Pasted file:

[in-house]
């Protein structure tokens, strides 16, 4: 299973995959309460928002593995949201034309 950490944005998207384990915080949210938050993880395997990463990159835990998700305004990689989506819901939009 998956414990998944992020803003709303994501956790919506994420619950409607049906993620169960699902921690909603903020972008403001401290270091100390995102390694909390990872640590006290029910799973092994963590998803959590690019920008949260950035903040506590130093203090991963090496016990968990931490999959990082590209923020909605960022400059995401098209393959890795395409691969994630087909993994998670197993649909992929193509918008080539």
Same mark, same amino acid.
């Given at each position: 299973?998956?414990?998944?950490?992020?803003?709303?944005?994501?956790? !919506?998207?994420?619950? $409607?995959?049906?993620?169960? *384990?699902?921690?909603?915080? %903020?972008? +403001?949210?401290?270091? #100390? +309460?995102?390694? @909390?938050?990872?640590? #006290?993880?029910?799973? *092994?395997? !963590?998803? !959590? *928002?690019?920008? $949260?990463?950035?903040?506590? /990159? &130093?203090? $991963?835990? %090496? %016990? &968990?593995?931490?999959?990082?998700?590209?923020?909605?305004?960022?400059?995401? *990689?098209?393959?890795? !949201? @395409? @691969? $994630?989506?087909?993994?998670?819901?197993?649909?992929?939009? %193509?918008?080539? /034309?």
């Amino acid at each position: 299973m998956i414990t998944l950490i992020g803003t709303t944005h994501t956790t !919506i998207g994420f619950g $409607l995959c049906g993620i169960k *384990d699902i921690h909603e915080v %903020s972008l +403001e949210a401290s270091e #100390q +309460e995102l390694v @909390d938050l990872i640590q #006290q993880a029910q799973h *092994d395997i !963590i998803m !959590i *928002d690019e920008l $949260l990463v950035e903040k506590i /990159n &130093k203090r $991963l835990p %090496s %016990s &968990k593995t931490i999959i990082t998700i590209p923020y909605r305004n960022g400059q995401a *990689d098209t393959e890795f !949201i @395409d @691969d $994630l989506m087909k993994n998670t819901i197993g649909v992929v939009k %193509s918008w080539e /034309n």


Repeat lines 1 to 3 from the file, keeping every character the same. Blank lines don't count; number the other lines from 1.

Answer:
[in-house]
């Protein structure tokens, strides 16, 4: 299973995959309460928002593995949201034309 950490944005998207384990915080949210938050993880395997990463990159835990998700305004990689989506819901939009 998956414990998944992020803003709303994501956790919506994420619950409607049906993620169960699902921690909603903020972008403001401290270091100390995102390694909390990872640590006290029910799973092994963590998803959590690019920008949260950035903040506590130093203090991963090496016990968990931490999959990082590209923020909605960022400059995401098209393959890795395409691969994630087909993994998670197993649909992929193509918008080539």
Same mark, same amino acid.